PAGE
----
54. Nonetheless, the Court observes that there were striking shortcomings in the way the investigation was conducted by the domestic authorities, which had repercussions on its effectiveness. Firstly, evidence obtained during forensic examinations plays a crucial role during investigations into detainees' allegations of ill-treatment (see Salmanoğlu and Polattaş v. Turkey, no. 15828/03, § 79, 17 March 2009). In this connection, the Court cannot but note that the medical reports established during the applicant's detention in police custody were drafted in a cursory manner, for example without any mention as regards size, colour or possible relationship between the physical findings and the applicant's statements, and fall significantly short of the standards recommended by both the European Committee for the Prevention of Torture and Inhuman or Degrading Treatment or Punishment (CPT), which are regularly taken into account by the Court in its examination of cases concerning ill-treatment (see, inter alia, Akkoç v. Turkey, nos. 22947/93 and 22948/93, § 118, ECHR 2000-X), and the guidelines set out in the Manual on the Effective Investigation and Documentation of Torture and Other Cruel, Inhuman or Degrading Treatment or Punishment, “the Istanbul Protocol”, submitted to the United Nations High Commissioner for Human Rights (see Batı and Others, § 100, cited above). Moreover, although the Assize Court sought to obtain additional medical evidence, the time which elapsed during that time adversely affected, in the Court's view, the possibility of the 2nd Specialised Commission of the Forensic Medicine Institute establishing the origins of the applicant's back and leg injuries, particularly since their examination was limited to the applicant's previous medical reports.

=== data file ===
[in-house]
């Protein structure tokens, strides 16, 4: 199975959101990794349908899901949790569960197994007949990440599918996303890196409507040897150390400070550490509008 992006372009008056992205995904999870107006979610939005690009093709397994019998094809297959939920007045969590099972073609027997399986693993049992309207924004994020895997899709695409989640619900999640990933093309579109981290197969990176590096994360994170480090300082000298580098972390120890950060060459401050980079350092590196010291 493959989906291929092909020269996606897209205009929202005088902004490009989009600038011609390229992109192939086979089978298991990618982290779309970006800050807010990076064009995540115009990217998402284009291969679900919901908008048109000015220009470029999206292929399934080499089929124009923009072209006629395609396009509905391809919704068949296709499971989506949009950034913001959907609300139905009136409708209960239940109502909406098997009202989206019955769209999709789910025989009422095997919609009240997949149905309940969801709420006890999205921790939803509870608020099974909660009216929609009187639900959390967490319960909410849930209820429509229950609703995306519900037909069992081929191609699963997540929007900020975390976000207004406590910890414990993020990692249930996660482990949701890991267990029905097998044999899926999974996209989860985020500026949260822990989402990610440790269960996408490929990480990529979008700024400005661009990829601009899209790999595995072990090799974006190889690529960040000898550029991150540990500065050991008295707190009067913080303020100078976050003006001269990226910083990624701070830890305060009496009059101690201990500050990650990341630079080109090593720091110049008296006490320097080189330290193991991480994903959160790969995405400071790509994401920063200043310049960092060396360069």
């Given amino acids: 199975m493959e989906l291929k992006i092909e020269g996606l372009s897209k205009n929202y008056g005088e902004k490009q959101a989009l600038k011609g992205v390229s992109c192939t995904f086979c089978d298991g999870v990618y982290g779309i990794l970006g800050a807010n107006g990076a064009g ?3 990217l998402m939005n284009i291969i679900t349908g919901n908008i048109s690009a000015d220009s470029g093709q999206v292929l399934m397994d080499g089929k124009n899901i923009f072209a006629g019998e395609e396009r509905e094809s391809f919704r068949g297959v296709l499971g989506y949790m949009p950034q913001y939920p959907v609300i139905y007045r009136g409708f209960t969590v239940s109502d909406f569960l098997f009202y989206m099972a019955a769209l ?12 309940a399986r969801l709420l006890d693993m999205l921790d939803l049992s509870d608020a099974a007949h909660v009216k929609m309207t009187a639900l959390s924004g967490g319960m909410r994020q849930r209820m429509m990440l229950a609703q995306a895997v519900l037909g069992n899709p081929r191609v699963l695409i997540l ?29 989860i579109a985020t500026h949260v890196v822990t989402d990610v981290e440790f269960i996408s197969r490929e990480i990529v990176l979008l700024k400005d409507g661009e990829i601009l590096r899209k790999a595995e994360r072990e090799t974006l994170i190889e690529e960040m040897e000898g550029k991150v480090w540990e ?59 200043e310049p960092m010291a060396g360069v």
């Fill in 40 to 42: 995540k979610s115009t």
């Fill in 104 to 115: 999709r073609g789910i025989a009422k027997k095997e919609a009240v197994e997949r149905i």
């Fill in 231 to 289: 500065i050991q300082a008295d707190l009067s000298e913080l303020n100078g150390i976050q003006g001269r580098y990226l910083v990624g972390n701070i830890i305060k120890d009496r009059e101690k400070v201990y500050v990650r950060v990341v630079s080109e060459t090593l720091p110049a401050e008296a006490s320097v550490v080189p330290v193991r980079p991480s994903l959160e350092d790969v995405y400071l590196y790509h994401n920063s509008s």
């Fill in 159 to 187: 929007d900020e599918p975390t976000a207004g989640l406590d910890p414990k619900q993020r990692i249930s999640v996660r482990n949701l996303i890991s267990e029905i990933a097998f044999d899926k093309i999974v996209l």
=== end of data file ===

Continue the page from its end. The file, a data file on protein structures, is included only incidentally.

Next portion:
55. Secondly, the Court notes that the applicant was never requested to formally identify the alleged perpetrators, either at the preliminary investigation stage (by way of checking police photographs or by an identification parade) or during the criminal proceedings. Nor was he ever asked to give a detailed statement as regards their respective roles in the alleged ill-treatment. Thirdly, both the prosecutor and the first-instance court failed to secure the testimonies of potential eyewitnesses, such as the persons arrested together with the applicant, others present at the police station or in detention on the day of the events or the receptionist of the hotel.